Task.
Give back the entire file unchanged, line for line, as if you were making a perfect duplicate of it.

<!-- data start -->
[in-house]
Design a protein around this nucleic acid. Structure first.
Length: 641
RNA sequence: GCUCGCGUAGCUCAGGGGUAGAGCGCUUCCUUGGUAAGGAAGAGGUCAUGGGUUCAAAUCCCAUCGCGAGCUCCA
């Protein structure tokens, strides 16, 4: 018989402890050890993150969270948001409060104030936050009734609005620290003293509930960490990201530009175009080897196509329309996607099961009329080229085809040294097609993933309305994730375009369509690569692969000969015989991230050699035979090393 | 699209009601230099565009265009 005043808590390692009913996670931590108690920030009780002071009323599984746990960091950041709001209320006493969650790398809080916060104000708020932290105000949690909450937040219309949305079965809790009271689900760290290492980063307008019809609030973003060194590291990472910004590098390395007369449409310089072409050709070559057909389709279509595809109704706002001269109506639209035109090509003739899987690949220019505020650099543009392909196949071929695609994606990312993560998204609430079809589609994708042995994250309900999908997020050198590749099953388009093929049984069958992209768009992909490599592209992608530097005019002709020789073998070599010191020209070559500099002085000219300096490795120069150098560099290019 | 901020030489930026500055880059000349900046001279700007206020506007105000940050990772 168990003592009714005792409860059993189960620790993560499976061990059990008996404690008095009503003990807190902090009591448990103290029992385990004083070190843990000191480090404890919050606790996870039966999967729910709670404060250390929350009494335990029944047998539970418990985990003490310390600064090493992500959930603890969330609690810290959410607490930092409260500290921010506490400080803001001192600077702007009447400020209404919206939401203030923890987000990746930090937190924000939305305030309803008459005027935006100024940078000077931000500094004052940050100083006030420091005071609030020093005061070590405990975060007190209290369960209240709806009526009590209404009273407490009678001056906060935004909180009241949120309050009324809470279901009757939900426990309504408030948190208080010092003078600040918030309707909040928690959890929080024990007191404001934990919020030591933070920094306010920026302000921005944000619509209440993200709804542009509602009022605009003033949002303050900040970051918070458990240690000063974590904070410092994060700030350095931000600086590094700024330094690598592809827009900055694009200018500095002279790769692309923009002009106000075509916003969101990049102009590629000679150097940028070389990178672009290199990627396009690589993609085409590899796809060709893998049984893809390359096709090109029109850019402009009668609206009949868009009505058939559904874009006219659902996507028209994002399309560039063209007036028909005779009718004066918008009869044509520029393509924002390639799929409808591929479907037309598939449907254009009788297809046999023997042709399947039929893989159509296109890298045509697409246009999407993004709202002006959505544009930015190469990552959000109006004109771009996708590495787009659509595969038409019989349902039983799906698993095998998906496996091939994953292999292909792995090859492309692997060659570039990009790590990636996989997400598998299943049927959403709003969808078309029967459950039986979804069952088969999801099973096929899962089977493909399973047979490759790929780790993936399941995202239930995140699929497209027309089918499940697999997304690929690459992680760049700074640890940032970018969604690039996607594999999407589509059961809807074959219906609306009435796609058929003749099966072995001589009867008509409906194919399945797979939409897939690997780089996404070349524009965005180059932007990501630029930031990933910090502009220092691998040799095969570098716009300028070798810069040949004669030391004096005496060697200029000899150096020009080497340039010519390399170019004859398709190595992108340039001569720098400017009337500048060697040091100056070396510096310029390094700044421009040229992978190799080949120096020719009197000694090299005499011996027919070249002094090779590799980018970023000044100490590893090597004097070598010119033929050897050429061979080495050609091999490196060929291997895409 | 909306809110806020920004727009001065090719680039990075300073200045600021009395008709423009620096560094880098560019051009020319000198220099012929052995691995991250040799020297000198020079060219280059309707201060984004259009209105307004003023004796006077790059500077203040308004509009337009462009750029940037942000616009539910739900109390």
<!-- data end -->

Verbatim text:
[in-house]
Design a protein around this nucleic acid. Structure first.
Length: 641
RNA sequence: GCUCGCGUAGCUCAGGGGUAGAGCGCUUCCUUGGUAAGGAAGAGGUCAUGGGUUCAAAUCCCAUCGCGAGCUCCA
């Protein structure tokens, strides 16, 4: 018989402890050890993150969270948001409060104030936050009734609005620290003293509930960490990201530009175009080897196509329309996607099961009329080229085809040294097609993933309305994730375009369509690569692969000969015989991230050699035979090393 | 699209009601230099565009265009 005043808590390692009913996670931590108690920030009780002071009323599984746990960091950041709001209320006493969650790398809080916060104000708020932290105000949690909450937040219309949305079965809790009271689900760290290492980063307008019809609030973003060194590291990472910004590098390395007369449409310089072409050709070559057909389709279509595809109704706002001269109506639209035109090509003739899987690949220019505020650099543009392909196949071929695609994606990312993560998204609430079809589609994708042995994250309900999908997020050198590749099953388009093929049984069958992209768009992909490599592209992608530097005019002709020789073998070599010191020209070559500099002085000219300096490795120069150098560099290019 | 901020030489930026500055880059000349900046001279700007206020506007105000940050990772 168990003592009714005792409860059993189960620790993560499976061990059990008996404690008095009503003990807190902090009591448990103290029992385990004083070190843990000191480090404890919050606790996870039966999967729910709670404060250390929350009494335990029944047998539970418990985990003490310390600064090493992500959930603890969330609690810290959410607490930092409260500290921010506490400080803001001192600077702007009447400020209404919206939401203030923890987000990746930090937190924000939305305030309803008459005027935006100024940078000077931000500094004052940050100083006030420091005071609030020093005061070590405990975060007190209290369960209240709806009526009590209404009273407490009678001056906060935004909180009241949120309050009324809470279901009757939900426990309504408030948190208080010092003078600040918030309707909040928690959890929080024990007191404001934990919020030591933070920094306010920026302000921005944000619509209440993200709804542009509602009022605009003033949002303050900040970051918070458990240690000063974590904070410092994060700030350095931000600086590094700024330094690598592809827009900055694009200018500095002279790769692309923009002009106000075509916003969101990049102009590629000679150097940028070389990178672009290199990627396009690589993609085409590899796809060709893998049984893809390359096709090109029109850019402009009668609206009949868009009505058939559904874009006219659902996507028209994002399309560039063209007036028909005779009718004066918008009869044509520029393509924002390639799929409808591929479907037309598939449907254009009788297809046999023997042709399947039929893989159509296109890298045509697409246009999407993004709202002006959505544009930015190469990552959000109006004109771009996708590495787009659509595969038409019989349902039983799906698993095998998906496996091939994953292999292909792995090859492309692997060659570039990009790590990636996989997400598998299943049927959403709003969808078309029967459950039986979804069952088969999801099973096929899962089977493909399973047979490759790929780790993936399941995202239930995140699929497209027309089918499940697999997304690929690459992680760049700074640890940032970018969604690039996607594999999407589509059961809807074959219906609306009435796609058929003749099966072995001589009867008509409906194919399945797979939409897939690997780089996404070349524009965005180059932007990501630029930031990933910090502009220092691998040799095969570098716009300028070798810069040949004669030391004096005496060697200029000899150096020009080497340039010519390399170019004859398709190595992108340039001569720098400017009337500048060697040091100056070396510096310029390094700044421009040229992978190799080949120096020719009197000694090299005499011996027919070249002094090779590799980018970023000044100490590893090597004097070598010119033929050897050429061979080495050609091999490196060929291997895409 | 909306809110806020920004727009001065090719680039990075300073200045600021009395008709423009620096560094880098560019051009020319000198220099012929052995691995991250040799020297000198020079060219280059309707201060984004259009209105307004003023004796006077790059500077203040308004509009337009462009750029940037942000616009539910739900109390």